14 Links Explaining Photography Is Not A Crime
With increasing frequency photographers are getting harassed by security guards and police officers for no reason. To make matters worse, there are lots of misconceptions about the laws limiting photography and photographers, surprisingly even among law enforcement. But for the most part, if you can see it, you can take pictures of it.
Learn your rights before you start taking pictures around town:
- US Photographer's Rights Card
- US Photographers Guide to Privacy
- 9 Ways to avoid invasion of US privacy laws
- State by State Summaries of US privacy laws impacting photographers
- If you can see it, you can shoot it (US)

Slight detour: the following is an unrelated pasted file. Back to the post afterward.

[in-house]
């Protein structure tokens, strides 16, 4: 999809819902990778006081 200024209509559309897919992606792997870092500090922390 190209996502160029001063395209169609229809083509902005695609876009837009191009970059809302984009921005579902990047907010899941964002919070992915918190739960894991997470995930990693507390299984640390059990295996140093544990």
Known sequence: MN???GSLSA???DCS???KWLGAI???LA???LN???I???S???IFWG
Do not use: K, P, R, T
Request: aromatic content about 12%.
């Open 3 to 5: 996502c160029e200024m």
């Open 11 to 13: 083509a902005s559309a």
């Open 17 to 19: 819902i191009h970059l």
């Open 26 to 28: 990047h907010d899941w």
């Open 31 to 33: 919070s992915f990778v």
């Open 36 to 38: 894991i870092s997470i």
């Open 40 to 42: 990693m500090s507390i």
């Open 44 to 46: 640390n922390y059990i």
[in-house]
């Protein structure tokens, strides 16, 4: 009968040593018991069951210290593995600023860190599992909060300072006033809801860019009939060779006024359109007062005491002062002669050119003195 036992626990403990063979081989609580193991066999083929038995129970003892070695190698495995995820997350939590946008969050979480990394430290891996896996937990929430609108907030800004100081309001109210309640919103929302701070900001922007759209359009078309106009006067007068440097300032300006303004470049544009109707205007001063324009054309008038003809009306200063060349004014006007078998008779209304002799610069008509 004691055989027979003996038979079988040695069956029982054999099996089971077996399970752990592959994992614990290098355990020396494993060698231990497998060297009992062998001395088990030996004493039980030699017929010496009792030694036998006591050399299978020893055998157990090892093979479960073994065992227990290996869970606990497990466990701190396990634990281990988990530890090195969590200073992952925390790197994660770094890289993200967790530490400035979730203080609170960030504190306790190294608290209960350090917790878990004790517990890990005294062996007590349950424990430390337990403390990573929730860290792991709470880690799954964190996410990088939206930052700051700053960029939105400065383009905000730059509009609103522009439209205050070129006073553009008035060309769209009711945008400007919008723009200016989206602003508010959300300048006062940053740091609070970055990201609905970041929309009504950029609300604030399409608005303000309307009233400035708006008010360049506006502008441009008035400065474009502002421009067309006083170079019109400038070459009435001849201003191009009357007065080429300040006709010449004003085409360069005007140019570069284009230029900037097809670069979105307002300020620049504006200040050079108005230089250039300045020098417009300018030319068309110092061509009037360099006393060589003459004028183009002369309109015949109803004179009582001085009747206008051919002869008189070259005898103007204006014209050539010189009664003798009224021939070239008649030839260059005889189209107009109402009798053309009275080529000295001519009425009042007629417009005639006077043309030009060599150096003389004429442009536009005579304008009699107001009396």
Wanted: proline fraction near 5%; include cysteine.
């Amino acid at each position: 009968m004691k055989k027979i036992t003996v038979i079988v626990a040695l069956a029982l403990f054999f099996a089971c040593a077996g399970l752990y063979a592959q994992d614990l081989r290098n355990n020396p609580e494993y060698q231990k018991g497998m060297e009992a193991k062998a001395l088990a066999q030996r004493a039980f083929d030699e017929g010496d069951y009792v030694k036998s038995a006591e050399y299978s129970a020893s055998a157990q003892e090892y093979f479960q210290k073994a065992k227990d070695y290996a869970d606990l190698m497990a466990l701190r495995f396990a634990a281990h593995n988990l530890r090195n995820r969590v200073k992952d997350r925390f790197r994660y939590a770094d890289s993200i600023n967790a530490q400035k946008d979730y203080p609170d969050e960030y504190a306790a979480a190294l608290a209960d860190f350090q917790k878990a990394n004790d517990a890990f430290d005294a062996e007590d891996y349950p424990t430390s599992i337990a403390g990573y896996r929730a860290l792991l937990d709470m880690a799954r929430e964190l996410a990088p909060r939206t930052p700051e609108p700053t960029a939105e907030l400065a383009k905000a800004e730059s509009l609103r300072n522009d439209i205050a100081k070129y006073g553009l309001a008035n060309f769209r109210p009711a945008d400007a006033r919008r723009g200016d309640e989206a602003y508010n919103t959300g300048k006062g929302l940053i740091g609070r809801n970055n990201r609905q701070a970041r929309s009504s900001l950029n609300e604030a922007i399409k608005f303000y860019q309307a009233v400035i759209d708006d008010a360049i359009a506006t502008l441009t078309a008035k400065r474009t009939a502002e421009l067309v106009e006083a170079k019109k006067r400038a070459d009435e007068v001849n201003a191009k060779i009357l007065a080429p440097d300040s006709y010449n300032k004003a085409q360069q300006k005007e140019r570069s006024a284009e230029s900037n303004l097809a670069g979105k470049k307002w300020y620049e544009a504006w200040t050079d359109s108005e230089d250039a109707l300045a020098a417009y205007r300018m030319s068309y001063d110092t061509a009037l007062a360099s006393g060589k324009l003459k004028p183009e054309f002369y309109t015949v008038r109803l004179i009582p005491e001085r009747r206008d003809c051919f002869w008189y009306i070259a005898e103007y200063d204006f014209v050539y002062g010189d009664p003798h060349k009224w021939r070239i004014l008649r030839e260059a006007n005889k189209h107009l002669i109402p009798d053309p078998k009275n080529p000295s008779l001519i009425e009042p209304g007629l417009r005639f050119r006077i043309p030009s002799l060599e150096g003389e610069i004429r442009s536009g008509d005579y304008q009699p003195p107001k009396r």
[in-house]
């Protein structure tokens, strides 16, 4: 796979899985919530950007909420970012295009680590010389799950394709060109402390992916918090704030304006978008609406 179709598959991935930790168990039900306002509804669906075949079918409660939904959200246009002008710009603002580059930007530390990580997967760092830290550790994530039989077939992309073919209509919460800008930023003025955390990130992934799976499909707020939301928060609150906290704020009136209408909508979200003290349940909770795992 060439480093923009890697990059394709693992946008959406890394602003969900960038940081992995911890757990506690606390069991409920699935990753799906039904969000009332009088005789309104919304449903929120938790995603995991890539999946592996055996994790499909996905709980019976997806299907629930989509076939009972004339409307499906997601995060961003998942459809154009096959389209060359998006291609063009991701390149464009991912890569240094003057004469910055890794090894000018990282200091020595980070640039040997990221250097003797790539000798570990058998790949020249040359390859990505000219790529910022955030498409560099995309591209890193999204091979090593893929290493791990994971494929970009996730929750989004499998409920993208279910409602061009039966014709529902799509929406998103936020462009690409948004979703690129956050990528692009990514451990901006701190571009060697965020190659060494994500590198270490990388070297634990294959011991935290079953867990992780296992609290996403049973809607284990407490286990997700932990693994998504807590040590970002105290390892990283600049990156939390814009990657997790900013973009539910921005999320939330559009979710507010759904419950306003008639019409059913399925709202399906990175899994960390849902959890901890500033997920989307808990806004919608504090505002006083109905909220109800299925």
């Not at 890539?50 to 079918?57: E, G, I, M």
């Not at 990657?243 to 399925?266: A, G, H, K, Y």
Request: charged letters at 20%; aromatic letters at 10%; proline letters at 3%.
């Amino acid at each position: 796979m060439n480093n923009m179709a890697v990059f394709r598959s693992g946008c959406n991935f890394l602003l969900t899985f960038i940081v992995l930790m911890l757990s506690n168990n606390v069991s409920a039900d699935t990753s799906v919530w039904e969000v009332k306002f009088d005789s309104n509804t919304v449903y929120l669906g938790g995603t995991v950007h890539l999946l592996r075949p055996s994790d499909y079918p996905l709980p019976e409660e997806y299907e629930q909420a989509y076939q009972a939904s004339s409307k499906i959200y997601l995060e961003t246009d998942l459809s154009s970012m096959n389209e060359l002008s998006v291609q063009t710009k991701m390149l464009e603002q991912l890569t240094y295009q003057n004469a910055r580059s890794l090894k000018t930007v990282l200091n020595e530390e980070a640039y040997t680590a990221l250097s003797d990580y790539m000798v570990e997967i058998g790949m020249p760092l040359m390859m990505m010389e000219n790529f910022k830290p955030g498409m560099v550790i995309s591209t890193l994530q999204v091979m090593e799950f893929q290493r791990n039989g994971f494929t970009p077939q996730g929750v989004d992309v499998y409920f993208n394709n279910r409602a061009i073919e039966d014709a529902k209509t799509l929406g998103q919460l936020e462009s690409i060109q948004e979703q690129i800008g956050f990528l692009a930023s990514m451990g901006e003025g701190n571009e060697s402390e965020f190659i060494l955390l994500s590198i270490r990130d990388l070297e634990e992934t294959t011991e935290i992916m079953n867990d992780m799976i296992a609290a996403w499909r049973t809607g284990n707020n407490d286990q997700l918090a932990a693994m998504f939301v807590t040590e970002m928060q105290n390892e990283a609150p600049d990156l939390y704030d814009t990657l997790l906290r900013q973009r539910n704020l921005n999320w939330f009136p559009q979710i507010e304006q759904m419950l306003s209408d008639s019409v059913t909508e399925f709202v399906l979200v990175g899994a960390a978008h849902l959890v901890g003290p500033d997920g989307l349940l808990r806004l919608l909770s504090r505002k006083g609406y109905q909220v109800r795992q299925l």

- JPG Magazine: Photography is Not a Crime (US)
- Photography Is Not A Crime - Your Rights (US)
- Is Your Photography A Crime? (US)
- photojunkie's Photographer's Rights (Canada)
- Canadian Photographer's Rights
- UK Photographer's Rights
- Australia Photographers Rights
- Photographers Rights, General Privacy, and Copyright in Australia.
- Photography in Public Places in New Zealand
If you should ever have a run in with law enforcement while taking pictures you should always comply with their directions even if you know they're wrong, otherwise you could be charged with obstruction or failure to comply with Failure to comply with an order of a police officer. Afterwards, you should consult an attorney.
I'm not a lawyer, so I cannot give legal advice. If you should have any questions please consult a licensed attorney.
Posted in Photography
by usrbingeek at 2007-03-15 15:00 ET (GMT-5) | 0 Comments | Permalink